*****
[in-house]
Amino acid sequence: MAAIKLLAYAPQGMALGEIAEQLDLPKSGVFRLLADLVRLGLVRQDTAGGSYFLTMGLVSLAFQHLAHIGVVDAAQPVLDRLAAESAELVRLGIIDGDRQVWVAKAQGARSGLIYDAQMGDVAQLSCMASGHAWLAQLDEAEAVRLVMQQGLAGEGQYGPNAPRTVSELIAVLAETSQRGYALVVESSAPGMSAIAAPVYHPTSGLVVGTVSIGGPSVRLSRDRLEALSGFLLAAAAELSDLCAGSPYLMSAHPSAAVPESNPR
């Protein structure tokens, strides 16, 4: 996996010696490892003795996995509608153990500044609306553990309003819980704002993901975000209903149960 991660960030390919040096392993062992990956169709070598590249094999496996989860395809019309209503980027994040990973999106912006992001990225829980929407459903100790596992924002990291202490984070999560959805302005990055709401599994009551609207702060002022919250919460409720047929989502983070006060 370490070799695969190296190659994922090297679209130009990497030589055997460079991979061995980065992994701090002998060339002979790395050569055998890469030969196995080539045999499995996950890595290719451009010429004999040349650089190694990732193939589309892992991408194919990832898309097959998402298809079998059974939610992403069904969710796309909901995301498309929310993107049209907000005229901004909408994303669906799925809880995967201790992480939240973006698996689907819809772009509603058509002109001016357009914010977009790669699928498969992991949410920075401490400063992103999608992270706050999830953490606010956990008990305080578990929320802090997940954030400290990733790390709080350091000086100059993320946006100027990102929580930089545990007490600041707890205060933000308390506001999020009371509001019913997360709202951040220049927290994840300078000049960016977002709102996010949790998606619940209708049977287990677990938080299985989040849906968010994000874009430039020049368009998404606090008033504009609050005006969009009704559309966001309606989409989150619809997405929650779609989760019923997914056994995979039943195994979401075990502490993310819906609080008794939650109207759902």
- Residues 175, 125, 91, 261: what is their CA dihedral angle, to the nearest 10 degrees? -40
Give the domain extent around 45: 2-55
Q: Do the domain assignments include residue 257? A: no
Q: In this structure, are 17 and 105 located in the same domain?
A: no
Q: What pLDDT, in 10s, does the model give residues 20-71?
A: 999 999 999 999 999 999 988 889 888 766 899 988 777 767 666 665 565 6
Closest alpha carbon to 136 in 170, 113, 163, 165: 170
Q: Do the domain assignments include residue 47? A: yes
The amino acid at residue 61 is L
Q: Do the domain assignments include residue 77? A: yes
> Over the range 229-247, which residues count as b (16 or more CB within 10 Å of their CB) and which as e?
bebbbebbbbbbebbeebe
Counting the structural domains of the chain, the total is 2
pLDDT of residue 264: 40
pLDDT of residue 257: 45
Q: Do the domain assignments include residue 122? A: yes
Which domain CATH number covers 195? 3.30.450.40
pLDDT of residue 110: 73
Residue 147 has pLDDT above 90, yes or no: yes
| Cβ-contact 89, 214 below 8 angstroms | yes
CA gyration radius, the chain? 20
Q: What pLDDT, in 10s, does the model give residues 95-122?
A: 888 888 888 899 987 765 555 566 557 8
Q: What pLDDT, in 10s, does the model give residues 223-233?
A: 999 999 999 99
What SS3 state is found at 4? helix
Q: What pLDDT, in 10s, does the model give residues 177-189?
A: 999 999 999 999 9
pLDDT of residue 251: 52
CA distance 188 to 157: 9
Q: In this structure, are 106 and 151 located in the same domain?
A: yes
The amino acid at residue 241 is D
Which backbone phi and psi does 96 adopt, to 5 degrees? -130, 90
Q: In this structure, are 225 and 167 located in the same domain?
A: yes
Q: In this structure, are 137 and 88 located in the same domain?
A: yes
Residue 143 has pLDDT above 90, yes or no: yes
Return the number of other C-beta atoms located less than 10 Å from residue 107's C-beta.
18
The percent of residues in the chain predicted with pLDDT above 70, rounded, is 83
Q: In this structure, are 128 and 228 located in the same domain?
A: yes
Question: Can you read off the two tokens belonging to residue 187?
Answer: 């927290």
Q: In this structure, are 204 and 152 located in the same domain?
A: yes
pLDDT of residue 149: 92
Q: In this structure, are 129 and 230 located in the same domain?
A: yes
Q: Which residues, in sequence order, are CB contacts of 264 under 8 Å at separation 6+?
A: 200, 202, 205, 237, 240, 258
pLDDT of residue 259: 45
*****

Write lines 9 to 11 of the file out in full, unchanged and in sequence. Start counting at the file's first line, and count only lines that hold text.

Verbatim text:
Q: What pLDDT, in 10s, does the model give residues 20-71?
A: 999 999 999 999 999 999 988 889 888 766 899 988 777 767 666 665 565 6
Closest alpha carbon to 136 in 170, 113, 163, 165: 170